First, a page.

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The garden was created, from barren land, in 1862 by Osgood Mackenzie  on the 850 hectares (2,100 acres) estate bought for him by his mother. Initially the challenges were to provide a wind break and soil. To solve the problems, he planted a mixture of large trees and shrubs e.g. Corsican Pine, Douglas Fir, Rhododendrons etc.  Having done so his vision was to grow as many exotic plants as possible; this he achieved until his death in 1922.
The original Inverewe Lodge was destroyed by fire in 1914 and replaced in 1937 by the current Inverewe House. The Garden covers some 20 hectares (49 acres) and has over 2,500 exotic plants and flowers. There is a further 2,000 acres of land managed for recreation and conservation.
The garden and estate has been the property of the National Trust for Scotland since it was given to the Trust along with a generous endowment for its future upkeep by Osgood's daughter Mairi Sawyer in 1952.
The garden continues to be developed by the small garden team. There are currently 10 full time gardeners. In the spring Inverewe is celebrated for its rhododendron collection which begin flowering in January and carry through most of the year. The garden also has a large collection of Erythroniums. https://en.m.wikipedia.org/wiki/Erythronium These flower in Spring and in recent years the garden has promoted an Erythronium festival.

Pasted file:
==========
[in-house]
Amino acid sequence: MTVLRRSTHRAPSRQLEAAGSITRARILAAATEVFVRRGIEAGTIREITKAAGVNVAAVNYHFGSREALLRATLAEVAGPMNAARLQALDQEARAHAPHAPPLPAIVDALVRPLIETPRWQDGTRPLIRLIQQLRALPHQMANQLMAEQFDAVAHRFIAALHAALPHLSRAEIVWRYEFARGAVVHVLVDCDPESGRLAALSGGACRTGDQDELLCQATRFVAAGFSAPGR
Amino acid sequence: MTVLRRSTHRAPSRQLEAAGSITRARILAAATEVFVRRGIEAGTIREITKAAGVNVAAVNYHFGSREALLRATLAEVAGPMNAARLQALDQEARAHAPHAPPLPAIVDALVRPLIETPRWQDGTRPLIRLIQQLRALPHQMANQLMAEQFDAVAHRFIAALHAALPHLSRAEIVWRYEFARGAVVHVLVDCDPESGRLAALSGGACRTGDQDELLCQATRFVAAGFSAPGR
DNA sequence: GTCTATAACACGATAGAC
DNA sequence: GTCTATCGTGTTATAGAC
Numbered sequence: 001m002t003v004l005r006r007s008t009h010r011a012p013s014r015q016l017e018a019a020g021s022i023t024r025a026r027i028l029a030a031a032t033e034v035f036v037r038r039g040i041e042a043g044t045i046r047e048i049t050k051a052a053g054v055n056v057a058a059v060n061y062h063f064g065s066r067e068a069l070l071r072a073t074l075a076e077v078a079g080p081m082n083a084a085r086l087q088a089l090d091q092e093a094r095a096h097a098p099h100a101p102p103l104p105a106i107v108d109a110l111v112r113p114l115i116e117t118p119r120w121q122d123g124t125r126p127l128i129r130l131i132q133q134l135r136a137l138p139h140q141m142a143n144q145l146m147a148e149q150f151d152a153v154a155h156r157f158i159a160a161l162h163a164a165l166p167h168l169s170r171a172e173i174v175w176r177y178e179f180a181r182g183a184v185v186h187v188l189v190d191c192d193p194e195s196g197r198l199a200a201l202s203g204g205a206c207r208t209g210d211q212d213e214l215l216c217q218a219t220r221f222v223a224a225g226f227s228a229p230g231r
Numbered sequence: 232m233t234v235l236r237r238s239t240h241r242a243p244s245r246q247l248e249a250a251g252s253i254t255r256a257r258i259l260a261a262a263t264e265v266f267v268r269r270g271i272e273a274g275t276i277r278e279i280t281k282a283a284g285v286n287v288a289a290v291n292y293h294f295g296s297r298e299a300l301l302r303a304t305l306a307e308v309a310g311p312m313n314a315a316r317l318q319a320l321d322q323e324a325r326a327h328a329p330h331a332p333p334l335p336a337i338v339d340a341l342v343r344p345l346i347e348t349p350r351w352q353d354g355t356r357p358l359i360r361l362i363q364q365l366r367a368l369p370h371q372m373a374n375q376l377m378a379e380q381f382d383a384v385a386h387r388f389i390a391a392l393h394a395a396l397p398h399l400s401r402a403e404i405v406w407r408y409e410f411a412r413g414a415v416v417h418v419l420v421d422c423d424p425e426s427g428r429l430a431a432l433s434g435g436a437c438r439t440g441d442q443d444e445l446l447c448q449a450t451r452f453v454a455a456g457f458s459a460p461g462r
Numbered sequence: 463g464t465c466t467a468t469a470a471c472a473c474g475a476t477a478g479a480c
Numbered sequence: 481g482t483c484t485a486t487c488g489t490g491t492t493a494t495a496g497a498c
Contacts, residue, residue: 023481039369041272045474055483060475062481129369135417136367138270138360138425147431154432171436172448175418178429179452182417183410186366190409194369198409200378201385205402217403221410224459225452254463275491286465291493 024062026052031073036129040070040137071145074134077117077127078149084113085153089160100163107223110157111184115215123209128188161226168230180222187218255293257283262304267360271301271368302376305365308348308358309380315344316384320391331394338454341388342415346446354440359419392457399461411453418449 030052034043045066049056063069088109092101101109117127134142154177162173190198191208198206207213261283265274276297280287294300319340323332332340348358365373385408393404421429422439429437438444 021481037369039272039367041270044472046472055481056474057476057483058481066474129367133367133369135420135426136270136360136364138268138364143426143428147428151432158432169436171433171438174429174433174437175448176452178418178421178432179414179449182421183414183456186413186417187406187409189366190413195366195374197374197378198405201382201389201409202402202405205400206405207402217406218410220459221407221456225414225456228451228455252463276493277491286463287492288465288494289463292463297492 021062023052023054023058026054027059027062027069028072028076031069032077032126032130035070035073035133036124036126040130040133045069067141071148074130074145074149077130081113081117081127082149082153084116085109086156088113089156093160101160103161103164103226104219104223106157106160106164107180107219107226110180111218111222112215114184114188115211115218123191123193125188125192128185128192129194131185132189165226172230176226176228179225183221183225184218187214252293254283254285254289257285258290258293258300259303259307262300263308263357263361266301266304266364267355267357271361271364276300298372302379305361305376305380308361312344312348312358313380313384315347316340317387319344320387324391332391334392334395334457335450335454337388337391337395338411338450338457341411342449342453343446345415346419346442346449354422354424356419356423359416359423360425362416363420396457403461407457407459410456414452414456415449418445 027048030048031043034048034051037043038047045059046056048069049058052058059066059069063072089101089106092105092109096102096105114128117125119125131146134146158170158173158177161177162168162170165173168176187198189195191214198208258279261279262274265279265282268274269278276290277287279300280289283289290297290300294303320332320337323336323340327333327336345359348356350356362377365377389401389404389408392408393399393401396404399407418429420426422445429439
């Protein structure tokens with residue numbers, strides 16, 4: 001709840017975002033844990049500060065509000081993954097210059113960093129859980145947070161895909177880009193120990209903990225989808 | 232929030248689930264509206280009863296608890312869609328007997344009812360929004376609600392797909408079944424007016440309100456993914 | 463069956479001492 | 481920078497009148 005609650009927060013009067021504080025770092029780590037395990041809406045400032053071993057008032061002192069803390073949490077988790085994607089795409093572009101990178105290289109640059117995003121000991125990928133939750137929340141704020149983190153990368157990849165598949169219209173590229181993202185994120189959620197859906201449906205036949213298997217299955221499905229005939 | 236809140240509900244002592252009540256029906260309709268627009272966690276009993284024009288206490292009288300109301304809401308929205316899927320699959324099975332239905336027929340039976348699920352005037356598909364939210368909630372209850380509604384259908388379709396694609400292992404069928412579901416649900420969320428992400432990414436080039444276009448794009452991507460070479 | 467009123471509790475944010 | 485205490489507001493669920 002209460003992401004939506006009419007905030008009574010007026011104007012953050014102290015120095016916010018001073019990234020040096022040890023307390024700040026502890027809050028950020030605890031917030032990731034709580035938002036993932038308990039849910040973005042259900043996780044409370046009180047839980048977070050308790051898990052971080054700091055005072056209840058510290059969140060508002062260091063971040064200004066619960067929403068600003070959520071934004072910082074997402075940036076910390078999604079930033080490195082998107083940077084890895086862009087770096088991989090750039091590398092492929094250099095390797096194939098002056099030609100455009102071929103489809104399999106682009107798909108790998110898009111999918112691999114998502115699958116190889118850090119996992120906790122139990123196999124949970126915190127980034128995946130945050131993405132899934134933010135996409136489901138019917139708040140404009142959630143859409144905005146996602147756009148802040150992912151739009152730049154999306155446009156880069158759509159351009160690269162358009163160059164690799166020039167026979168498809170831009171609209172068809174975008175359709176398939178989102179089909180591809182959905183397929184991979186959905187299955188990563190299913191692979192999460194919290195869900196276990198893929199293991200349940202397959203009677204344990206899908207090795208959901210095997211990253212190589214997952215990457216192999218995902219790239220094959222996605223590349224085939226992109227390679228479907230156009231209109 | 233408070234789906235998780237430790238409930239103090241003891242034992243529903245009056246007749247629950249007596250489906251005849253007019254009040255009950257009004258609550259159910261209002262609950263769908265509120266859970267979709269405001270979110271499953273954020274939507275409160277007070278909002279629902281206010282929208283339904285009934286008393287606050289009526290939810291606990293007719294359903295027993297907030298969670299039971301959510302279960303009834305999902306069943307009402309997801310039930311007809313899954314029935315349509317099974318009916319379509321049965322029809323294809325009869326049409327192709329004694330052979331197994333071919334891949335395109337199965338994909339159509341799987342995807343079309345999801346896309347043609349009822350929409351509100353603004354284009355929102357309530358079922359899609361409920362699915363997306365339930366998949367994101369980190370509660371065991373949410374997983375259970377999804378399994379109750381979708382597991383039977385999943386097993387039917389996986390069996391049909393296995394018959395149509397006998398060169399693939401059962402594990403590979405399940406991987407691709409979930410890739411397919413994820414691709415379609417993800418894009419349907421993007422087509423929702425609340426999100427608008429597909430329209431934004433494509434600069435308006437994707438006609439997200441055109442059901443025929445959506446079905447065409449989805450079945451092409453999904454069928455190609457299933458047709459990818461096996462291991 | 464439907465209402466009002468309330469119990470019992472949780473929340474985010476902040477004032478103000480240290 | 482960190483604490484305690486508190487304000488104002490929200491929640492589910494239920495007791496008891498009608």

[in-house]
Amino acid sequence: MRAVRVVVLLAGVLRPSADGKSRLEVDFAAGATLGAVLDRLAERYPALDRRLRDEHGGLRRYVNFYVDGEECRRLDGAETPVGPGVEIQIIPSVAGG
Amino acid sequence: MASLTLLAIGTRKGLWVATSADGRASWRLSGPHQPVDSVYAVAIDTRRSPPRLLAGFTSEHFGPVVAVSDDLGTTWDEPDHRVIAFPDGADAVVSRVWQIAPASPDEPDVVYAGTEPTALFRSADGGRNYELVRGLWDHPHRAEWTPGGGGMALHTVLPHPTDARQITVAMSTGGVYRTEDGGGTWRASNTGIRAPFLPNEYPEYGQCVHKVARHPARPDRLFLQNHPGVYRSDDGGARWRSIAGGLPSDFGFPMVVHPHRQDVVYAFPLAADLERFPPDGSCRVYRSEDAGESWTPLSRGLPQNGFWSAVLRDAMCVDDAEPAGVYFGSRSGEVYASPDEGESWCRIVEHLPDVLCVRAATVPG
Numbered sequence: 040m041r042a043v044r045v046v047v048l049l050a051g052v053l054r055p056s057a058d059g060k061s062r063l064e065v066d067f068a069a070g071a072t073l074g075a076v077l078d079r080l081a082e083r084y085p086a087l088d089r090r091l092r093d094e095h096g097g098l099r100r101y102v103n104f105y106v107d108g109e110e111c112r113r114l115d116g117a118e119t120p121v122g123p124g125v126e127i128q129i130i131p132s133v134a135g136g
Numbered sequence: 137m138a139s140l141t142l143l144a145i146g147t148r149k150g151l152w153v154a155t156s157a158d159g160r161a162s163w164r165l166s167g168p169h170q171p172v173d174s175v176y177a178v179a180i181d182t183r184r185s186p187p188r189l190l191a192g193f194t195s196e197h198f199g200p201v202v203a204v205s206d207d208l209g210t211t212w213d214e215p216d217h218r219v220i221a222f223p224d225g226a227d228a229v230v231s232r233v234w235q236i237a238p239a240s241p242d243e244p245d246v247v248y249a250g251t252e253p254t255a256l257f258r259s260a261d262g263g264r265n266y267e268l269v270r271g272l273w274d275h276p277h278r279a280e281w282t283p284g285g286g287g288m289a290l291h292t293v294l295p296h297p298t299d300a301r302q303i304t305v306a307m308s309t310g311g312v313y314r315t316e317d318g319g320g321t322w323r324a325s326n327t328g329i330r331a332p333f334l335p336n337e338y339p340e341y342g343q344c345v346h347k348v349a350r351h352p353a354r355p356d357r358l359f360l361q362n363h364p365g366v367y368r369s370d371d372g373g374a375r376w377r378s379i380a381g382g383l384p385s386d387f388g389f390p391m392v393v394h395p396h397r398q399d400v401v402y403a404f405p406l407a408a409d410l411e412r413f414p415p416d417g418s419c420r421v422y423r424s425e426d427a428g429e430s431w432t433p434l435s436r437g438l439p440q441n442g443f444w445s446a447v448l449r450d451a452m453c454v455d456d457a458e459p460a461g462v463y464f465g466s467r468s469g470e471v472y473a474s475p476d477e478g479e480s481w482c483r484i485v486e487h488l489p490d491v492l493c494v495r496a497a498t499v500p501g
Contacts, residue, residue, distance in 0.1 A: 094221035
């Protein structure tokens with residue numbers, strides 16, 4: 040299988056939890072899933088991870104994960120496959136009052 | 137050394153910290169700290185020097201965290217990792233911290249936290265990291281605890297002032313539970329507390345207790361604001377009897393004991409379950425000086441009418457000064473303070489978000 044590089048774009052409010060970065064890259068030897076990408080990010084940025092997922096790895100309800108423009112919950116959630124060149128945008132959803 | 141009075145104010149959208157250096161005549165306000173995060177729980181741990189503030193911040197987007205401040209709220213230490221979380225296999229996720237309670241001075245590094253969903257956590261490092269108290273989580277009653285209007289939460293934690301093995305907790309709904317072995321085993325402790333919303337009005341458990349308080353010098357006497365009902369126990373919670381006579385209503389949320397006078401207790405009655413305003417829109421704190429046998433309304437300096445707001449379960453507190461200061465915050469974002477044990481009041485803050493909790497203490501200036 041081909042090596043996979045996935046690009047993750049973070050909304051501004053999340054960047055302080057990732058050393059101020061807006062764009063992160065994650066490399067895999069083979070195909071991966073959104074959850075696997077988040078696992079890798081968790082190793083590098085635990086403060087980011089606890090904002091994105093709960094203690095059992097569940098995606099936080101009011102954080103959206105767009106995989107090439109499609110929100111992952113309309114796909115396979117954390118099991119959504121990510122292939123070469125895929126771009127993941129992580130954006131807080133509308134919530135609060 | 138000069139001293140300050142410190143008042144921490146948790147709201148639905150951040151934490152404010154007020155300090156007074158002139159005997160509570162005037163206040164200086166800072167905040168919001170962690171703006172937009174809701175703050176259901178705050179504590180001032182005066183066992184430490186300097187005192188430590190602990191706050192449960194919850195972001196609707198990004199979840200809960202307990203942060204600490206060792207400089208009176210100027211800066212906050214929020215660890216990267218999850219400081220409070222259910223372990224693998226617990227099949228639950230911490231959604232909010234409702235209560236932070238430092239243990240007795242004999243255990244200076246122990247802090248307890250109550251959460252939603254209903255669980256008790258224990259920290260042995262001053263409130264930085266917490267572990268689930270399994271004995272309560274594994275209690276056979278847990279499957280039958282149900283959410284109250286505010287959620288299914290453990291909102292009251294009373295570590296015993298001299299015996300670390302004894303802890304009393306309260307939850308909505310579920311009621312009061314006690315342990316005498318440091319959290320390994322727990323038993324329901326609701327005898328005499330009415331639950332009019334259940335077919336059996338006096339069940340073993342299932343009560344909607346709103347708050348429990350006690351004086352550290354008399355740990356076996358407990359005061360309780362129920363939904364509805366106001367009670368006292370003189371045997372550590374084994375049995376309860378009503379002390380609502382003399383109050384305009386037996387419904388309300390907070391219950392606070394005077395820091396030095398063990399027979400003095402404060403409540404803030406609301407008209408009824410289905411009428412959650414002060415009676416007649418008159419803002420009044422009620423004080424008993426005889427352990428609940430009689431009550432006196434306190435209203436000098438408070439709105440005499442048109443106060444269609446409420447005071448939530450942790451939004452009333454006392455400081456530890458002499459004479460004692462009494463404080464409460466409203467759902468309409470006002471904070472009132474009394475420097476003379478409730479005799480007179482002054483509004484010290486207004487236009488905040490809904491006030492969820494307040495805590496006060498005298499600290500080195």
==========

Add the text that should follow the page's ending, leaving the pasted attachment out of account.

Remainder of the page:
In summer the walled garden and borders come into their own with many exotic plants from all over the world which grow here thanks to the influence of the North Atlantic drift (Gulf Stream). Even in winter Inverewe is colourful as the bark of many rhododendrons is beautifully and delicately coloured and the collection of native and non-native trees add to the variety. Highlights include the most northerly planting of rare Wollemi trees.
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